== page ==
Saturday, August 19, 2017

Today's Teachers' Workshop

Every Saturday we spend an hour and a half to two discussing teaching strategies. This past month I planned that we talk about one different strategy each time.

Today’s task was: Textbook Comprehension. The strategies we needed to use were: lecture, discussion, notes, and questions and answers. I conducted the workshop. I explained that when teaching in an English medium school like ours, we had to be crystal clear about the fact that a big challenge was the difficulty of the prose. English prose was what all the subjects except Maths and Hindi were in. Children’s intelligence simply could not be measured by their ability to master this prose—you could be quite intelligent and not get many of the turns of language in the textbooks.Our textbooks could be fine, even nice, in other respects, but their language was absolutely not child-appropriate. Not Indian child-appropriate.

I enacted a History teacher in Class VIII as well as conducting the Workshop as facilitator. In their notebook they made two parts. In one they wrote their notes as if  Class VIII students in my History class. In the other they wrote the teaching techniques and points I was demonstrating.

The topic was “Women in the Nationalist Movement.” The text was a chapter from Geraldine Forbes’ Women in Modern India. I photocopied it and divided the students into groups of two with one copy each to share.

We began by discussing what the “Indian Nationalist Movement” was. People gave their different ideas. They named important nationalist leaders. An argument ensued whether Bhim Rao Ambedkar should be in that list. We took a vote and had 4:5 in favour with the rest undecided.

I then told them that a number of definitions of the “Indian Nationalist Movement” were possible but that they must all have the words, “British/British colonial”; “fight/struggle”; and “Independence/freedom.” They wrote down a definition for themselves with these building blocks.

Except for two Social Studies teachers, two Hindi teachers and two Bengali teachers, no one remembered—after seventy plus years, after all—that we had been under the British and had fought for our freedom, even though 15th August was just over and children’s speeches had resounded with this memory.

I then asked them to read the first two pages quetly in their groups. As they read I went around to help them with difficult words and phrases. After that I asked them to phrase some questions.

It’s quite a feat, believe me, for people struggling with a language to actually comprehend a prose passage enough to know what is a proper question and then what is the correct answer for any idea within that passage.  At the same time, there is a trick to questions and answers and with practice you get better and better. We rehearsed together many good questions, and bad questions. Then we went into okay answers, good answers, not good answers, unnecessary answers, and impossible answers. One can do all this with children as well.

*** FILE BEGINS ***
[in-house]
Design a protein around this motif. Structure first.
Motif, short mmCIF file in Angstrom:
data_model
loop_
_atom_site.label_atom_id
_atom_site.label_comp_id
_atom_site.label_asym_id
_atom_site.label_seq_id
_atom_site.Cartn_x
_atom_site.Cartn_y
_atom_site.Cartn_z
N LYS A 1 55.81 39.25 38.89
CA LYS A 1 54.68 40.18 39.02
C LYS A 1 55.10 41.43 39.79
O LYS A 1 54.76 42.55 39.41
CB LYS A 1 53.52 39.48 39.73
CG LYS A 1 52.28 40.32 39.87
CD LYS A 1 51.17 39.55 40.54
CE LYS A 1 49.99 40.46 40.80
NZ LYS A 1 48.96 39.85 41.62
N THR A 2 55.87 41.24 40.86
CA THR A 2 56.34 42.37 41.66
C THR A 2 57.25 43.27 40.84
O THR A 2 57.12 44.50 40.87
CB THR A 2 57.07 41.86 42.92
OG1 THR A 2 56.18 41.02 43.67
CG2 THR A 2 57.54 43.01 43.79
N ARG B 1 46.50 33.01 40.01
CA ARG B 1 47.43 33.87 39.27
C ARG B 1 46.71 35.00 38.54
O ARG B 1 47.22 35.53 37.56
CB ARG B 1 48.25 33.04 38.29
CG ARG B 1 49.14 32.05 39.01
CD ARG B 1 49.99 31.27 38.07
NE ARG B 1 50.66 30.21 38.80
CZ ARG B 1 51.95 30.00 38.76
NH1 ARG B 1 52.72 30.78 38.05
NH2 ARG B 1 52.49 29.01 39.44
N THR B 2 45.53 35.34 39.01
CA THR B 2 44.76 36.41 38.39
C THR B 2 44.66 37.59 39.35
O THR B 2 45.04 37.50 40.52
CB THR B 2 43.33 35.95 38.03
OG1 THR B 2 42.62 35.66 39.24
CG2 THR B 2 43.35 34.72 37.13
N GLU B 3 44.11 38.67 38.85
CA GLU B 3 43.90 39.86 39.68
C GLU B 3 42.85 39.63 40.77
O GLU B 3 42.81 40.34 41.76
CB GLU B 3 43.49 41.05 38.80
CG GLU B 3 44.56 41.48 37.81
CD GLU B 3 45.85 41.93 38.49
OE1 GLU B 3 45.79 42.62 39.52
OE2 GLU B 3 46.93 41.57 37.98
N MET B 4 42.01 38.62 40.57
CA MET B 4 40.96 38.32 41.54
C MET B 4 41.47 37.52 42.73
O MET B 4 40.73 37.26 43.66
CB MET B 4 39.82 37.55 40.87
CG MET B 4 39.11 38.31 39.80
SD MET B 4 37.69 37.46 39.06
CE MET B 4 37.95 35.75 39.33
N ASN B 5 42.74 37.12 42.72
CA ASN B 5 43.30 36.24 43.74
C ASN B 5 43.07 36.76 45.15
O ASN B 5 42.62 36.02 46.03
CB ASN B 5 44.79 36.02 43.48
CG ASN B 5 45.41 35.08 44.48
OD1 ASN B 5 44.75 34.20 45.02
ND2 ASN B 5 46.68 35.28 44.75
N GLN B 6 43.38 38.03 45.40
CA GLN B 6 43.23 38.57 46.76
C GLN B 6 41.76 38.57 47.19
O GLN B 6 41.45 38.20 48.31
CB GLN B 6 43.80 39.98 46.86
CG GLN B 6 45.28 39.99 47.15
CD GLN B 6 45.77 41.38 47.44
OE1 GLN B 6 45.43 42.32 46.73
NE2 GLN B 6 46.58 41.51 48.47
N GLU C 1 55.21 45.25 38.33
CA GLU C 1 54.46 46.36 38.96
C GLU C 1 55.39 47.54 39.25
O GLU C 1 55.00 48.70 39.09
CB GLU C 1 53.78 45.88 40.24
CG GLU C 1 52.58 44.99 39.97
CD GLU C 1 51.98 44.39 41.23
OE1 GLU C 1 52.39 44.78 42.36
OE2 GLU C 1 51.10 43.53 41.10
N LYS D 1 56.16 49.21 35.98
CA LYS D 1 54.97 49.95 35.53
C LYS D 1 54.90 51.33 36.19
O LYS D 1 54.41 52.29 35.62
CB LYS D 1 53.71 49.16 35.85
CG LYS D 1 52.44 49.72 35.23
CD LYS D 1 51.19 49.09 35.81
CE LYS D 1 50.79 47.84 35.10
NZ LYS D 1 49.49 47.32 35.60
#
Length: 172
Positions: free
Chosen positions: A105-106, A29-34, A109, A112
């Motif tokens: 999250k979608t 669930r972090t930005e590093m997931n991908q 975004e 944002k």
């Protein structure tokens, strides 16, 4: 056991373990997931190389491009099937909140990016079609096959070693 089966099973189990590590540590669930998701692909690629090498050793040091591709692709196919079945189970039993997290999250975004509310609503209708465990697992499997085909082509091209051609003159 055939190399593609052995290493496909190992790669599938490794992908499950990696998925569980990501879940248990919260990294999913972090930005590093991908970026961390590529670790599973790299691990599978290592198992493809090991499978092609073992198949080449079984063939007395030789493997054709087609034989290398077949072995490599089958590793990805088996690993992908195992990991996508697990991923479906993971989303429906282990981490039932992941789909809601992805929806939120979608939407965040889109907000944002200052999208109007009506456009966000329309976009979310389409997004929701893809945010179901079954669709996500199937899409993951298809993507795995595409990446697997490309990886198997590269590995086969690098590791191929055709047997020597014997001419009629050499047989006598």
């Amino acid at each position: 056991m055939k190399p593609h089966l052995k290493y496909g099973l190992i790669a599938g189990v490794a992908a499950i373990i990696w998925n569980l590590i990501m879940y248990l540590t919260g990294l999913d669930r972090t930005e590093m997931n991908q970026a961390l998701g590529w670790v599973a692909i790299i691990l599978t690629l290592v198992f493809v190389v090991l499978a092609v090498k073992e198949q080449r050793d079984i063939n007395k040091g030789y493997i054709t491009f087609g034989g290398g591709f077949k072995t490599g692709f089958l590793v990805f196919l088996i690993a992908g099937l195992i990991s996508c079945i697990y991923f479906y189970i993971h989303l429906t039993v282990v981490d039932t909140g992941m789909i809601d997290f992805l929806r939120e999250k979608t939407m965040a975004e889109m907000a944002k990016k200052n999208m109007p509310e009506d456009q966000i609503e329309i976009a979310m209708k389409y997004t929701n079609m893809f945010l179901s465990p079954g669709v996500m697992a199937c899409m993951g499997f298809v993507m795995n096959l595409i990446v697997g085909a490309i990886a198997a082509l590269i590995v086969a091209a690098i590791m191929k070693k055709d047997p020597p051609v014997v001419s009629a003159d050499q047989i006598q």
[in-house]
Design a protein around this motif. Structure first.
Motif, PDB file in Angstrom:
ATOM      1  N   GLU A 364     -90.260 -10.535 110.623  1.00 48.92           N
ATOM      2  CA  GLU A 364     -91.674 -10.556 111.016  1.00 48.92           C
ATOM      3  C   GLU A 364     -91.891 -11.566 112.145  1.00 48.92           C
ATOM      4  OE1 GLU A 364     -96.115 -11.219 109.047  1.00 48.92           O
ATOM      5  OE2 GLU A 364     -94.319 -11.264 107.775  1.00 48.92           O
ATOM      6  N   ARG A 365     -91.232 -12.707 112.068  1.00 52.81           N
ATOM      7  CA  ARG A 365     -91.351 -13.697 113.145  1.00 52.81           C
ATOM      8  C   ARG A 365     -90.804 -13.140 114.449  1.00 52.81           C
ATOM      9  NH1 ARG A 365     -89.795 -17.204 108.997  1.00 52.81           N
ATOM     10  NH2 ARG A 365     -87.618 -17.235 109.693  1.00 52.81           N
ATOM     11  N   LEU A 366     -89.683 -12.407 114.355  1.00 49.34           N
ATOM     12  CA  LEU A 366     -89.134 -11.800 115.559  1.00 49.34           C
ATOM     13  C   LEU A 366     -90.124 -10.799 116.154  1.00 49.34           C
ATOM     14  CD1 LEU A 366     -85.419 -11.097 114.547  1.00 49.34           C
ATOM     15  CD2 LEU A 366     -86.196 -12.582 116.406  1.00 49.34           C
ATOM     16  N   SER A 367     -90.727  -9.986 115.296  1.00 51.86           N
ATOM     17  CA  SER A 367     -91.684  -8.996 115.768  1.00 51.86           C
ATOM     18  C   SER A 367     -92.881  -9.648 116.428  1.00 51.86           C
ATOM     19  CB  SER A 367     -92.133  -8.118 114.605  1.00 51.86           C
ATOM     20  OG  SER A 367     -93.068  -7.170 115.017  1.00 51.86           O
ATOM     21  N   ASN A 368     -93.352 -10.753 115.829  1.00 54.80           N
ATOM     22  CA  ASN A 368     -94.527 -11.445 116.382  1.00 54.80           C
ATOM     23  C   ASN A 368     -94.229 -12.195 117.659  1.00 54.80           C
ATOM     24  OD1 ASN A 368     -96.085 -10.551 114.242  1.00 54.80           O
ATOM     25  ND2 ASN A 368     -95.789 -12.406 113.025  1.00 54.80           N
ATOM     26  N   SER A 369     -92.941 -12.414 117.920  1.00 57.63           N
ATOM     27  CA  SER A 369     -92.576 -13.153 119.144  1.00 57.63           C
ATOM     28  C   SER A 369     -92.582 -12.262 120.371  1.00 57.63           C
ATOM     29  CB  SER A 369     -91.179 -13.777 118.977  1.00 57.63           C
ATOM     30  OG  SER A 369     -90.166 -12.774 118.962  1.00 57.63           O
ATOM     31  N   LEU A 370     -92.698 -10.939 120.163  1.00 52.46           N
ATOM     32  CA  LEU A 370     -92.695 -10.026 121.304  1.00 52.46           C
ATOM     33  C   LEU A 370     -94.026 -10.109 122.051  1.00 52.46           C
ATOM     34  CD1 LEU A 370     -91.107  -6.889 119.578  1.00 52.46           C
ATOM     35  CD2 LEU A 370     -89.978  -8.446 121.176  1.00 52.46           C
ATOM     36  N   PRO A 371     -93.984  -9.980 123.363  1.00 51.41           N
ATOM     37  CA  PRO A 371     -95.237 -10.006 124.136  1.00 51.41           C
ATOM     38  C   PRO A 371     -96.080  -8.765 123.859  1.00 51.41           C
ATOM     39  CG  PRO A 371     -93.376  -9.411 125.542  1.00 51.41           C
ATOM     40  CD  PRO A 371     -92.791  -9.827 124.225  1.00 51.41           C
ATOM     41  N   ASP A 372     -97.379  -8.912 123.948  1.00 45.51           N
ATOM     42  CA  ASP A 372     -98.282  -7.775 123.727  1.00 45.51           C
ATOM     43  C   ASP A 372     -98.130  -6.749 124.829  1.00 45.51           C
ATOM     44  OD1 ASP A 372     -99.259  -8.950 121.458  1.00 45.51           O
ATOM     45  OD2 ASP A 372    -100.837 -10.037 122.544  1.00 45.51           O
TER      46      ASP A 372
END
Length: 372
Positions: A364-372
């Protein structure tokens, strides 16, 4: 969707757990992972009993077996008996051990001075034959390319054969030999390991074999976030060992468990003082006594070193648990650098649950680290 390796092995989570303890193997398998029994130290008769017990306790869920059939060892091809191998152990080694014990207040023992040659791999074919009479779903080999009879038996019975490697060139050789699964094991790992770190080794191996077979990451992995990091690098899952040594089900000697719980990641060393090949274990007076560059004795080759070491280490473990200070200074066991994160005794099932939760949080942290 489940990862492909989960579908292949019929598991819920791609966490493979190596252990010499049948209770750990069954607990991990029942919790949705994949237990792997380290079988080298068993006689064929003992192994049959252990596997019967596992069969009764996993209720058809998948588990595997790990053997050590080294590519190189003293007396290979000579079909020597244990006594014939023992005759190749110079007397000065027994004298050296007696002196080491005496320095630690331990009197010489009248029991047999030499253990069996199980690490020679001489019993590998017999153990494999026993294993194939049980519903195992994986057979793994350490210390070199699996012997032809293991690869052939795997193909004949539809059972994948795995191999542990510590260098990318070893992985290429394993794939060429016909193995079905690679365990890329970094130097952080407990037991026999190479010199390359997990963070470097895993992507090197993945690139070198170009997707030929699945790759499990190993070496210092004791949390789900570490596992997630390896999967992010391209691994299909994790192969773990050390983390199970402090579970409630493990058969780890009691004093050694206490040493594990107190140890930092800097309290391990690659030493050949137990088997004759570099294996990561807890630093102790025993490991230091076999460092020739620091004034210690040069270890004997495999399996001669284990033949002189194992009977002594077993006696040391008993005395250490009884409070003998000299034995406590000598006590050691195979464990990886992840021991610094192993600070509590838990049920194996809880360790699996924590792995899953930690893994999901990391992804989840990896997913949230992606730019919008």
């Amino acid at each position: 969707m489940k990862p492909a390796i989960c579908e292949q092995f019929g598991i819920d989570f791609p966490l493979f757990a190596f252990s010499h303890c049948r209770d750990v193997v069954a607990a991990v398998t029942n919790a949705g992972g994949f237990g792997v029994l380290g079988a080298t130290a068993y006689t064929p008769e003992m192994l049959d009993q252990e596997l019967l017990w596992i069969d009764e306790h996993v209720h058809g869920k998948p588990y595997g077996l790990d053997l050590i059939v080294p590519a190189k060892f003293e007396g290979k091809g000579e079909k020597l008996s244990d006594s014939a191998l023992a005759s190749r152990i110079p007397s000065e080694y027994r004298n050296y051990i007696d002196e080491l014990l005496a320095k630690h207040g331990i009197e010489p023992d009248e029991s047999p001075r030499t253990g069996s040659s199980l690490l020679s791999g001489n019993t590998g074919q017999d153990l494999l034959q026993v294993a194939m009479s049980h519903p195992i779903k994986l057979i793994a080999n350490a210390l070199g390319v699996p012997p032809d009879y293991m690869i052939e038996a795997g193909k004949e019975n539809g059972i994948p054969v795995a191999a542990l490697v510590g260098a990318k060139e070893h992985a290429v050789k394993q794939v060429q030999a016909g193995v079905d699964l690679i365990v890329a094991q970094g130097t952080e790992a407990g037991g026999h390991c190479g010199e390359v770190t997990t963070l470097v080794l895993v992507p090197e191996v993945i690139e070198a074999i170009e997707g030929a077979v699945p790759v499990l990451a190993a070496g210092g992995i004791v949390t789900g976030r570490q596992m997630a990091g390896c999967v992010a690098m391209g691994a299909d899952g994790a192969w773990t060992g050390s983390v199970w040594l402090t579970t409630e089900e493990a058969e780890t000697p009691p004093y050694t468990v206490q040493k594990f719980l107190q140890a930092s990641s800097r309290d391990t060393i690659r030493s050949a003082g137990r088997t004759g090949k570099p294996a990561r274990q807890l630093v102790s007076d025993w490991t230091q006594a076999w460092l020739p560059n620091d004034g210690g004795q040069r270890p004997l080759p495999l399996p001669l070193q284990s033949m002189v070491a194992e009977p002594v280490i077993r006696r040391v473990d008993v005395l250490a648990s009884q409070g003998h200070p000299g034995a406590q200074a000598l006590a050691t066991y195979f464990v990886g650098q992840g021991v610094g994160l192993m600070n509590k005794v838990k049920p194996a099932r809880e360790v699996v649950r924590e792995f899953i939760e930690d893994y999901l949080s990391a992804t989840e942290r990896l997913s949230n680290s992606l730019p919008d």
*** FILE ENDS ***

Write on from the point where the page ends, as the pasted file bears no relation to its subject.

On the board I wrote down the following important teaching tools:

1. Always begin each topic interactively, with oral discussion, informal questions, argument and debate, something else like taking a vote—as we had done.

2. Then give a lecture on the subject, or some introductory part of it, and the first definitions they need to know. They should take notes. We had done this and taken a short cut at the end in the interest of time.

3. Let the read the text silently. Do not do “read aloud” reading, going around the class, such as is done so frequently in Indian classrooms. It is a waste of time because no one can pay attention, everyone is bored and the aim of the exercise is not clear. With silent reading, the teacher can circulate and help out with difficult words or concepts. I did this and was asked something by each group.

4. In classes from VI upwards, the teacher can give out a simple summary of the topic. In simple sentences, that is, subject verb object. This will ensure that the bare facts are clear enough.

5. Discuss possible questions and how a question can be framed. Did someone do something? What did they do? When and where did they do it? Why did they do it, or why do you think, or does the author think, they did it?  Was it x, or was it y? We had a very productive time (I thought) going over possible questions and answers.

I emphasized at the end what we were learning and what we were not. Today's teaching was not about a dozen possible techniques, including projects, creative writing and performance. It was only about textbook comprehension. The q&a approach we were discussing was simply how to understand the text well enough to understand questions on it and form answers from within the text.

This was a useful distinction. In a school like ours, chock-full of the arts and creative ventures, it is easy for teachers to make the mistake of not teaching enough reading, writing, comprehension, spelling, maths, etc.    


Productive--but everything will have to be done many times over again.


- Nita Kumar, Director

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